There are many ways to measure a university’s performance. The Maclean’s rankings have been crunching the data on a wide range of factors for 20 years. Another approach is to ask those on the receiving end of an education—the students—what they think. In recent years, a growing number of universities have been doing exactly that. The following pages contain results from two major student surveys: the National Survey of Student Engagement and the Canadian University Survey Consortium—NSSE and CUSC for short. Between them, these surveys examine the undergraduate experience—in the classroom and beyond. The findings show that while students are generally happy with their university education, there are key areas of discontent. In particular, a significant number of students feel they don’t fit in at their university, more often in the larger schools than the smaller ones.
Commissioned by the universities, the survey results help administrators assess the quality of their programs and services, which in turn can help them design and implement strategies for improvement. Recognizing that this student feedback can also be useful for prospective students trying to decide which university is right for them, Maclean’s has been publishing CUSC and NSSE results each year since 2006.
The U.S.-based NSSE began in 1999 and is distributed to ﬁrst- and senior-year students. NSSE is not primarily a student satisfaction survey. Rather, it is a study of best educational practices and an assessment of the degree to which each university follows those practices. The survey pinpoints what students are doing while they are in school and on campus.
Research has shown that various forms of engagement are likely to lead to more learning and greater student success. And this link exists not only in the more obvious areas of academic endeavour, such as the number of books read and papers written, but also in curricular extras such as conducting research with a faculty member, community service and internships, as well as in extracurricular involvement with other students.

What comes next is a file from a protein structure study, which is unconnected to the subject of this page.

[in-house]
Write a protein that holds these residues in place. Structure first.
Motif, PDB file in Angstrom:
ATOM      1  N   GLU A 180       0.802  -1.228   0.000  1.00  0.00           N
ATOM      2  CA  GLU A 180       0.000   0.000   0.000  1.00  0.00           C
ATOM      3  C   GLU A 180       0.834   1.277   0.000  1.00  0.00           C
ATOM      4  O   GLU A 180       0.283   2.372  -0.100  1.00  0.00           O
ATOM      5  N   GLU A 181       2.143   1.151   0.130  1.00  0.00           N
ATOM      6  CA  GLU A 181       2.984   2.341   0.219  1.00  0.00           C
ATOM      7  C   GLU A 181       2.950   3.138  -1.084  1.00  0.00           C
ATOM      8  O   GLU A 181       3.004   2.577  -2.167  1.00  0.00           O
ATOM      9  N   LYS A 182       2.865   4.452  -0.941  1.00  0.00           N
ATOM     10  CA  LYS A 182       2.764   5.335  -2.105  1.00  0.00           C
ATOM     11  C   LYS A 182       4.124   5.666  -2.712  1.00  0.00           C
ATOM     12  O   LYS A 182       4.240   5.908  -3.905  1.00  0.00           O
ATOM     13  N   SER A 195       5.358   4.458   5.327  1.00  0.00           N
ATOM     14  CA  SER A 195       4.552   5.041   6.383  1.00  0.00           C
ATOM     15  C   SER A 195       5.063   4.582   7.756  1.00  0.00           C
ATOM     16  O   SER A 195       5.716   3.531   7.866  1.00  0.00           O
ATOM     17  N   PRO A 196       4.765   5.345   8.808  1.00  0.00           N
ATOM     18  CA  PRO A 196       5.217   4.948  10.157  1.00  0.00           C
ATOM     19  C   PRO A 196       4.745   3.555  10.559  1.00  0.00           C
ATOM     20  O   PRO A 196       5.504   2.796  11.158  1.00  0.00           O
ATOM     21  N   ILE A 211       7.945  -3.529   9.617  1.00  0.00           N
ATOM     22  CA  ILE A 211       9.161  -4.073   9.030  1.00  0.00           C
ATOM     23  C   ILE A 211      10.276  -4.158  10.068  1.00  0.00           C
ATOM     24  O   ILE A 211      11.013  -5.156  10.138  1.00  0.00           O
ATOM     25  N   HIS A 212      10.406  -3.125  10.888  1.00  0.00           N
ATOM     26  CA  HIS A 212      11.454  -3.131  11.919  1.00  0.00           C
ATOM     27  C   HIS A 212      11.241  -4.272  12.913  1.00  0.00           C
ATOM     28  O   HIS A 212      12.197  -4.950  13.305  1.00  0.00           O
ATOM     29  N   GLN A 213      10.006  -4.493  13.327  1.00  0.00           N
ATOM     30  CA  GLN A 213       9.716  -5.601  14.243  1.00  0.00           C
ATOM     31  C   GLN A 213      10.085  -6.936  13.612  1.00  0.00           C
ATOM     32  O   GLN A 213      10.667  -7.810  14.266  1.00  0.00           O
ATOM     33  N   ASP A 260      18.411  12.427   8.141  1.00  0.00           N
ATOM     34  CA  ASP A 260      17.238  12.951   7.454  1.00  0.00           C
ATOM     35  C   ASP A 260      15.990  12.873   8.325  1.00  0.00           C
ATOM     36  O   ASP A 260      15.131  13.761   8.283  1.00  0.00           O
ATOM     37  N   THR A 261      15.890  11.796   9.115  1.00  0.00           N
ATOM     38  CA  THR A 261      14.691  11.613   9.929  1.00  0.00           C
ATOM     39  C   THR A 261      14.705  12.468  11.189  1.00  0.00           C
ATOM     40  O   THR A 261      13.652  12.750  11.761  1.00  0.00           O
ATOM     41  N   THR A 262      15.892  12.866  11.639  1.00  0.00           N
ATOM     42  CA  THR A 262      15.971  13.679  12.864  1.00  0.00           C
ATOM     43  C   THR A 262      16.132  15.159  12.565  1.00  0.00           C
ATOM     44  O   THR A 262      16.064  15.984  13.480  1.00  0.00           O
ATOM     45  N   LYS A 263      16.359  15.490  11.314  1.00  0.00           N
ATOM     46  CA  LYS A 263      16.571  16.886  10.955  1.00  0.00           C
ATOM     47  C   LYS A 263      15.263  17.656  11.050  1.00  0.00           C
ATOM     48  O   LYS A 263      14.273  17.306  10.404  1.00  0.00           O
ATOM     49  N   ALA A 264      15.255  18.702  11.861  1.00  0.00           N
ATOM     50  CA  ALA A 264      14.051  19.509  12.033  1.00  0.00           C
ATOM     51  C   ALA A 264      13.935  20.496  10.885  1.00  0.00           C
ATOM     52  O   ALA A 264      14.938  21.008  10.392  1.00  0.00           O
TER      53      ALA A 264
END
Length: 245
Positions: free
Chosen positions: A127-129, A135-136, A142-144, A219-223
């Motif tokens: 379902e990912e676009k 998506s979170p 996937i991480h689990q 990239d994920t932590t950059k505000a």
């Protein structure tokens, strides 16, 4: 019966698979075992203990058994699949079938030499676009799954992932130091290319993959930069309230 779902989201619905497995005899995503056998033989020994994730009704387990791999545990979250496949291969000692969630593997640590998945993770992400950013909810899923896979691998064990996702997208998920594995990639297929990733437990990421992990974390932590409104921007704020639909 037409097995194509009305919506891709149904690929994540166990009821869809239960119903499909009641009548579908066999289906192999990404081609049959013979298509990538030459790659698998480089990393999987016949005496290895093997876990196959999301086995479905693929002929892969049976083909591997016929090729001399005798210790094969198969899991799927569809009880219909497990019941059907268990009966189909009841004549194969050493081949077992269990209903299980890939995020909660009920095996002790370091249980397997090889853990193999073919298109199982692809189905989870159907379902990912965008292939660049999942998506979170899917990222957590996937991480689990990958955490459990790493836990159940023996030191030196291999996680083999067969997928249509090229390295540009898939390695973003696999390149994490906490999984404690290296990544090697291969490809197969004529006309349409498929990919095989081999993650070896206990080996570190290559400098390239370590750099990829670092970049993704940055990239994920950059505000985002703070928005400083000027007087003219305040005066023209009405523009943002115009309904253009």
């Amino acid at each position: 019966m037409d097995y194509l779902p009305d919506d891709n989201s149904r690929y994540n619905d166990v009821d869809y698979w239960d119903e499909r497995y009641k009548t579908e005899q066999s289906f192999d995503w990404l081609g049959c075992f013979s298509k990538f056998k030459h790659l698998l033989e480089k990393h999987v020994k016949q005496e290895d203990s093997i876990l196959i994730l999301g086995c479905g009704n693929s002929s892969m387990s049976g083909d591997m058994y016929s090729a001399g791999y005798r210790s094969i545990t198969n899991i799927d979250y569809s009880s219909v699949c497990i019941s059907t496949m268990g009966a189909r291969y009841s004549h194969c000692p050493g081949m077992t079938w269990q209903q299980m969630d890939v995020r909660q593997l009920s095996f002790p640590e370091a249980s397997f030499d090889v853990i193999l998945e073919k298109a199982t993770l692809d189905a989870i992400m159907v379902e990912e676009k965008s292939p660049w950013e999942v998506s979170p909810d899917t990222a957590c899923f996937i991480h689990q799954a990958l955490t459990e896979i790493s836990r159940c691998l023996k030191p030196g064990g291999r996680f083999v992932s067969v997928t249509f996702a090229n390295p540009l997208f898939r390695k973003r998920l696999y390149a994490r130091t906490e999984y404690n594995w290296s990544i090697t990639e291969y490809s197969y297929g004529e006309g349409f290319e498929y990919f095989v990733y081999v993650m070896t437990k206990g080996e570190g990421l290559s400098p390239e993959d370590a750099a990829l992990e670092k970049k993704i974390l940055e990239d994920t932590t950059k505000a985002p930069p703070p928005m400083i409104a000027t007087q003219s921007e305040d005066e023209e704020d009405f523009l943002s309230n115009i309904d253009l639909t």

In 2004, 11 Canadian universities participated in NSSE for the ﬁrst time, with 14,267 students completing the survey. Participation has grown considerably over the years and by 2009, 64 institutions had conducted the NSSE survey at least once. (Twelve schools took part in NSSE for the first time this year. Results from the 2010 survey will appear in Maclean’s annual student issue in early 2011.)
The NSSE results are headlined by the Benchmarks of Effective Educational Practice, created by NSSE to compare performance across all universities—American and Canadian. These benchmarks focus on five key areas: level of academic challenge, student-faculty interaction, active and collaborative learning, enriching educational experience, and supportive campus environment. The higher a school’s scores from student responses on the five benchmark topics, the better the chance, according to NSSE, that its undergrads are learning and getting the most out of their university experience. Survey results can be compared to the NSSE average, which is the average score for the hundreds of Canadian and U.S. schools that take part in the survey each year. When looking at the benchmark scores, the majority of Canadian schools fall below the 2009 NSSE average. At the lowest end of the spectrum, only four Canadian schools (Trinity Western, UOIT, Mount Allison and Queen’s) scored above the NSSE average on the enriching educational experience benchmark. NSSE also asked two important student satisfaction questions; Canadian universities fared better on these measures.
CUSC, a group of Canadian universities working together to examine student issues and experiences, was created in 1994 and administers a Canada-only survey. CUSC’s focus is largely on student satisfaction. Each year, it targets one of three student populations: first-year students, graduating students and all undergrads. In its summary of the 2009 results, CUSC said most graduating students had a positive assessment of their university and its faculty. Nearly nine out of 10 were satisfied with the overall quality of their education and their decision to attend their university. The vast majority agreed that their professors were knowledgeable in their fields, encouraged class discussion and were accessible outside of class. But the report identified one key area of weakness, summed up as “inclusion.” Fully a quarter of students stated that they didn’t feel like they were part of their university. Perhaps not surprisingly, the number was higher for students attending larger schools. An even greater number of students—57 per cent—reported feeling they sometimes got the runaround at university. Again, smaller institutions tended to fare better on this measure.
Learning from the feedback these surveys provide, universities are now devoting more time and energy to enhancing the student experience—including students’ need to feel that their identity on campus amounts to more than just their student number.